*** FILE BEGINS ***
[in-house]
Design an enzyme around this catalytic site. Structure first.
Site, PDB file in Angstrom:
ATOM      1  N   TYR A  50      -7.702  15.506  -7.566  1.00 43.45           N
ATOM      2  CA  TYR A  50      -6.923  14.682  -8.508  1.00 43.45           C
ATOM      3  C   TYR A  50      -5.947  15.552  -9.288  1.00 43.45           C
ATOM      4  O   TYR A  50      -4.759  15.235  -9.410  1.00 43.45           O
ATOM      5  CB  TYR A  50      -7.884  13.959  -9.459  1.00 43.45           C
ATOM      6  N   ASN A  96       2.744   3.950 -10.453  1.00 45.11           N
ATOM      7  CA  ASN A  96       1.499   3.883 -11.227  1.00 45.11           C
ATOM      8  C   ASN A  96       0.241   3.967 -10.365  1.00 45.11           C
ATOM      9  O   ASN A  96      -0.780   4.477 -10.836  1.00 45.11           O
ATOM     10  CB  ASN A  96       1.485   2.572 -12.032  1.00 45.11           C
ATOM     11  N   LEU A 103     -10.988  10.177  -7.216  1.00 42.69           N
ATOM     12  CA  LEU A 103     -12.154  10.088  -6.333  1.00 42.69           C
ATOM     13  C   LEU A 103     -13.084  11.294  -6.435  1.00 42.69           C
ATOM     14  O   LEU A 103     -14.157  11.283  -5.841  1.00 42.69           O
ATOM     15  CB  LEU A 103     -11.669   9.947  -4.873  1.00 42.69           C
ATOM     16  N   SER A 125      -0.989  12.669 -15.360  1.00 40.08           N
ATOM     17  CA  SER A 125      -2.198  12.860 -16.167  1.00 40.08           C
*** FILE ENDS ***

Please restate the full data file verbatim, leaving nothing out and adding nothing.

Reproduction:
[in-house]
Design an enzyme around this catalytic site. Structure first.
Site, PDB file in Angstrom:
ATOM      1  N   TYR A  50      -7.702  15.506  -7.566  1.00 43.45           N
ATOM      2  CA  TYR A  50      -6.923  14.682  -8.508  1.00 43.45           C
ATOM      3  C   TYR A  50      -5.947  15.552  -9.288  1.00 43.45           C
ATOM      4  O   TYR A  50      -4.759  15.235  -9.410  1.00 43.45           O
ATOM      5  CB  TYR A  50      -7.884  13.959  -9.459  1.00 43.45           C
ATOM      6  N   ASN A  96       2.744   3.950 -10.453  1.00 45.11           N
ATOM      7  CA  ASN A  96       1.499   3.883 -11.227  1.00 45.11           C
ATOM      8  C   ASN A  96       0.241   3.967 -10.365  1.00 45.11           C
ATOM      9  O   ASN A  96      -0.780   4.477 -10.836  1.00 45.11           O
ATOM     10  CB  ASN A  96       1.485   2.572 -12.032  1.00 45.11           C
ATOM     11  N   LEU A 103     -10.988  10.177  -7.216  1.00 42.69           N
ATOM     12  CA  LEU A 103     -12.154  10.088  -6.333  1.00 42.69           C
ATOM     13  C   LEU A 103     -13.084  11.294  -6.435  1.00 42.69           C
ATOM     14  O   LEU A 103     -14.157  11.283  -5.841  1.00 42.69           O
ATOM     15  CB  LEU A 103     -11.669   9.947  -4.873  1.00 42.69           C
ATOM     16  N   SER A 125      -0.989  12.669 -15.360  1.00 40.08           N
ATOM     17  CA  SER A 125      -2.198  12.860 -16.167  1.00 40.08           C